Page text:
Q: What was it like working with such an interesting cast?
GREEN: I was very excited to be asked to do the film. I was cast at the last moment, about a week before shooting started, but I was so happy to be part of it. I was also very happy to get to work with Josh Brolin whom I’ve admired for many years. He brings so much intensity and emotion to his facial expressions and he has these sharp features that are perfect for the extreme character he plays.
Q: The film is shot entirely on a empty set with a green screen in the background. How difficult is it to act with no scenery or props of any kind?
GREEN: It’s very close to being on stage. When you do theatre, the furniture and background is usually very minimal you don’t pay any attention to the props. All your energy is focused on the other actor or actors you’re playing your scene with. That’s how it was making this film. There’s just the crew around you and you have to imagine the setting that’s eventually going to be filled in later. I had read the graphic novels before starting work on the film and so I had a good understanding of the surroundings.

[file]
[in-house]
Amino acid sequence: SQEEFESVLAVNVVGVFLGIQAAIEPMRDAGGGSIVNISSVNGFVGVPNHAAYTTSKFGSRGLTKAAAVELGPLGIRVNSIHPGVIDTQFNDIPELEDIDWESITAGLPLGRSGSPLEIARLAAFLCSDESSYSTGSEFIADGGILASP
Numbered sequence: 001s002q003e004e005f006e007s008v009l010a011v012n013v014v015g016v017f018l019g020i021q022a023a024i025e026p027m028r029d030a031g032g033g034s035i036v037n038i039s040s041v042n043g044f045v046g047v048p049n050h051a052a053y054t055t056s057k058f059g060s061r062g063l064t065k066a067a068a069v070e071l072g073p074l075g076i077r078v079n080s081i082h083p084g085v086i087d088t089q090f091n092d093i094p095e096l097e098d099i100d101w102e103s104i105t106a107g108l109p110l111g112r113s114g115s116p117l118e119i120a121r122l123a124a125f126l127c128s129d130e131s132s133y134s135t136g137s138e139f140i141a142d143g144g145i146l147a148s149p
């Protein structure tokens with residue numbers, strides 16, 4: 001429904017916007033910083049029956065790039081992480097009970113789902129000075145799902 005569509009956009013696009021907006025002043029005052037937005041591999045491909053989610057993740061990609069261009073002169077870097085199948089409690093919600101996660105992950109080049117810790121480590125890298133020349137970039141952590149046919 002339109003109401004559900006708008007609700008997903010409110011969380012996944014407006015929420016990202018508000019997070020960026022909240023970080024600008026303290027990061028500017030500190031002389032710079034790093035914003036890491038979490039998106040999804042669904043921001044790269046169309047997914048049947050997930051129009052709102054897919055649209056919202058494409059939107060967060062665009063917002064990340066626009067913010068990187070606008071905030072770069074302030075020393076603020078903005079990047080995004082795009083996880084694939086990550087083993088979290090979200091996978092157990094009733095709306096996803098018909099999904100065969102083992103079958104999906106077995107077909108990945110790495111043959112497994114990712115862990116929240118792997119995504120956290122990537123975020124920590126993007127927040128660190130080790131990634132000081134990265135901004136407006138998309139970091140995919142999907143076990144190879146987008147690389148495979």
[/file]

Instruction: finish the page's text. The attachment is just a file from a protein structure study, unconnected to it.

You also get used to miming opening a door or looking in certain directions where something is supposed to be happening or knowing where the walls are supposed to be. It takes a bit of discipline but it also intensifies your work because your entire concentration is on the other actor.
Q: You tend to play extreme characters. Do you think the public has a strange perception of you?
GREEN: (Laughs) Most people have this image of me as a very dark kind of woman or a real bitch. It probably doesn’t help that I like to wear black a lot and that adds to the impression that I’m very cold or distant. I should probably try to play more balanced kinds of characters but often the juiciest roles for women are the darker characters. But it would be nice to do a good love story once in a while although no one thinks of me when it comes to those kinds of films.
Q: Most people don’t know that you’re actually quite fair-haired in real life?
GREEN: I’m fairly blonde. I’ve been dyeing my hair black since I was 15 and I’ve stuck with that look ever since. It’s my way of hiding myself I suppose. I think I look more interesting with dark hair. It’s part of my self-image and we all have a darker side. I like to put masks on sometimes because I haven’t always been that confident and you fall into the trap of continuing to hide your real self even though you’ve changed and grown a lot as an individual. I feel more open but it’s not always easy for me to show that.
Q: Are you a fairly fearless person?